The genocide of the Roma by the Nazis remains for many the “forgotten Holocaust”. February 26, 2018 marked the 75th anniversary of the day in 1943 when, following an order issued by SS leader Heinrich Himmler the preceding December, the first transport carrying German Sinti and Roma arrived at the “Gypsy Camp” in Auschwitz-Birkenau – the beginning of a wave of mass transports which peaked that March. By war’s end, some 20,000 Sinti and Roma had been murdered in Auschwitz or died as a consequence of their internment there.
The families of the victims of the Roma Holocaust still struggle for compensation and equal rights. Meanwhile, institutional and rhetorical anti-Gypsyism is sadly becoming politically respectable in parts of Europe.
Yet at the same time, the way the Romani Holocaust is commemorated and represented is shifting. Thanks above all to the mobilisation of Romani communities, physical memorials are proliferating, from the central memorial to the murdered Sinti and Roma in Berlin, which opened in 2012, to local initiatives all over Europe.
Holocaust testimony in many forms, such as photographs and survivor accounts, is intrinsic to new cultural initiatives such as RomArchive’s digital archive of Romani culture.
Museums are also responding. In the UK, the Holocaust Galleries at the Imperial War Museum in London are currently under review. As I learned in conversations with some of those involved, this is partly being done with a view to integrate the fate of the Roma into a more comprehensive narrative. In its 25th year, the US Holocaust Memorial Museum in Washington DC (USHMM) is also reassessing its permanent exhibition. There, too, I’ve learnt that one outcome will be the more effective deployment of its now substantial holdings on the Roma in educating its own staff and updating the displays.
Museum practices reflect the ways in which scholarship on the Romani Holocaust has broadened and deepened, often through partnerships between research and educational institutions. For example, the USHMM can draw on the work produced through its own Center for Advanced Holocaust Studies, which has invested substantially in research and teaching on the subject.
One thing that recent scholarship makes clear is that those who passed through the gates of Auschwitz were only a fraction of the hundreds of thousands of Romani victims of the genocidal policies of the Nazis and their allies. In occupied Poland, Serbia and the Soviet Union, they were hunted down by the same Wehrmacht units and death squads that massacred Jews. In Romania, some 25,000 were deported to “colonies” east of the Dniester river (Transnistria); nearly half of them did not survive the brutal conditions there.
Before the 1943 deportations from Germany, there had already been two large scale removals of Sinti and Roma: 2,500 shipped to primitive camps in Poland in 1940, and 5,000 deported to the Łódź ghetto, where those who did not die of typhus were sent to the gas chambers at Chelmno.
The victims of the Romani Holocaust also include many who suffered internment without ever leaving their home territories. The names of the Lety and Hodonin camps in what is now the Czech Republic and the Jasenovac camp in Croatia are notorious for the crimes committed against Roma interned there.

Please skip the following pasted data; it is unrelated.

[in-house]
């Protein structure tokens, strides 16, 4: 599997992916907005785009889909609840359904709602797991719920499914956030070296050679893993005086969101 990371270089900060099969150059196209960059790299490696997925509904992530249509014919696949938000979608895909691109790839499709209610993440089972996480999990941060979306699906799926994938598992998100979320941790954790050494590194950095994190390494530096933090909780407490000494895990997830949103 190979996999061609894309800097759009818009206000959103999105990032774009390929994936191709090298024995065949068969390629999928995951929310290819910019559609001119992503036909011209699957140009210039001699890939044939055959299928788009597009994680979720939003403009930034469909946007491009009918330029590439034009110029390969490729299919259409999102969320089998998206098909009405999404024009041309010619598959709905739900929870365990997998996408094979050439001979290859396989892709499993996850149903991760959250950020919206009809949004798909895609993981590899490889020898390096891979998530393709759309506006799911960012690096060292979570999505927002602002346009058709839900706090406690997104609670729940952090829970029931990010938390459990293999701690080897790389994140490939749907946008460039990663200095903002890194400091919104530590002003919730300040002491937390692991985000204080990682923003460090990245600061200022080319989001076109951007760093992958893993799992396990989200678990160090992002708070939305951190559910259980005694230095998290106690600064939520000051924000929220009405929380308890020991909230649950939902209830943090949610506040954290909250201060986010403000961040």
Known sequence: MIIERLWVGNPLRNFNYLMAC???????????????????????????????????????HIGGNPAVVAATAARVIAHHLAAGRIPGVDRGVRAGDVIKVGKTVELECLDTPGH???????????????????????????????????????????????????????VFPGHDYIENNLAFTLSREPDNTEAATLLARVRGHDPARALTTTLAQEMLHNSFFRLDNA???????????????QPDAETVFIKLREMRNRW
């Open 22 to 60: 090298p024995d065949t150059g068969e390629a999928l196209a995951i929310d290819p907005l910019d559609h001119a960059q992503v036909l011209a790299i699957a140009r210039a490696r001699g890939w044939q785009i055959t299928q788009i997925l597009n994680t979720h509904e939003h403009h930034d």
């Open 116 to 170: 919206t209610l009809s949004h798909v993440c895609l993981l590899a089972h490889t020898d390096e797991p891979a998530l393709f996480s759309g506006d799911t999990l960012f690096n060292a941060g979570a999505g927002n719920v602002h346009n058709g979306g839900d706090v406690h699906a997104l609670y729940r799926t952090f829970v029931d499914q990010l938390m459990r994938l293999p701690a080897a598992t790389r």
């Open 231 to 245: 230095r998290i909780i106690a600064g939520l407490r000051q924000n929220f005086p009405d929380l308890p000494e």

In Germany, internment of Roma began as early as 1935, in designated camps set up by local authorities. Under permanent police surveillance, forced to work for local firms, labelled as “antisocial” and increasingly criminalised, many were already in SS concentration camps by the late 1930s. They included several hundred “Gypsy” men targeted for arrest in mid-June 1938 during “Operation Workshy”, which also saw the first mass arrests of Jews and some 10,000 others. Most of these Romani prisoners never saw Auschwitz, but were shipped from one camp to another over the years, permanently available to the SS, while they were alive, for exploitation.
Life and death in Auschwitz
Auschwitz remains a powerful symbolic point of reference for European Roma – as it does, of course for global memory of the Holocaust. August 2 is commemorated annually in memory of the “liquidation” of the “Gypsy Camp” there in 1944, when 2,900 men, women and children were gassed in a single night. Increasingly, Roma communities also mark May 16, 1944, when, as survivors remember, the inmates successfully resisted the SS’s first attempt to clear the camp.
Auschwitz was a special kind of hell for Sinti and Roma. Himmler’s order decreed that they should be deported “as families”, and in Auschwitz-Birkenau, Section BIIe was set aside for them as a “family camp”. They were “allowed” to wear their own clothes and let their hair grow. Children were born. Non-Romani observers, including Jewish inmates and political prisoners, sometimes imagined that this made life easy.
But Romani survivors remembered that they had to watch as their children and parents, brothers and sisters were humiliated and abused, and as they died from malnourishment, exhaustion and disease. Arriving as relatively healthy, relatively young people, they also constituted a ready supply of “human material” for the experiments of SS physicians such as Joseph Mengele, whose “medical” facility was immediately adjacent to their camp.
This is an area, then, where scholarship, activism and public memory must go hand in hand. As new initiatives emerge, such as the planned Holocaust memorial in Westminster, I hope that what we are learning about this history will find its place at each point in their design.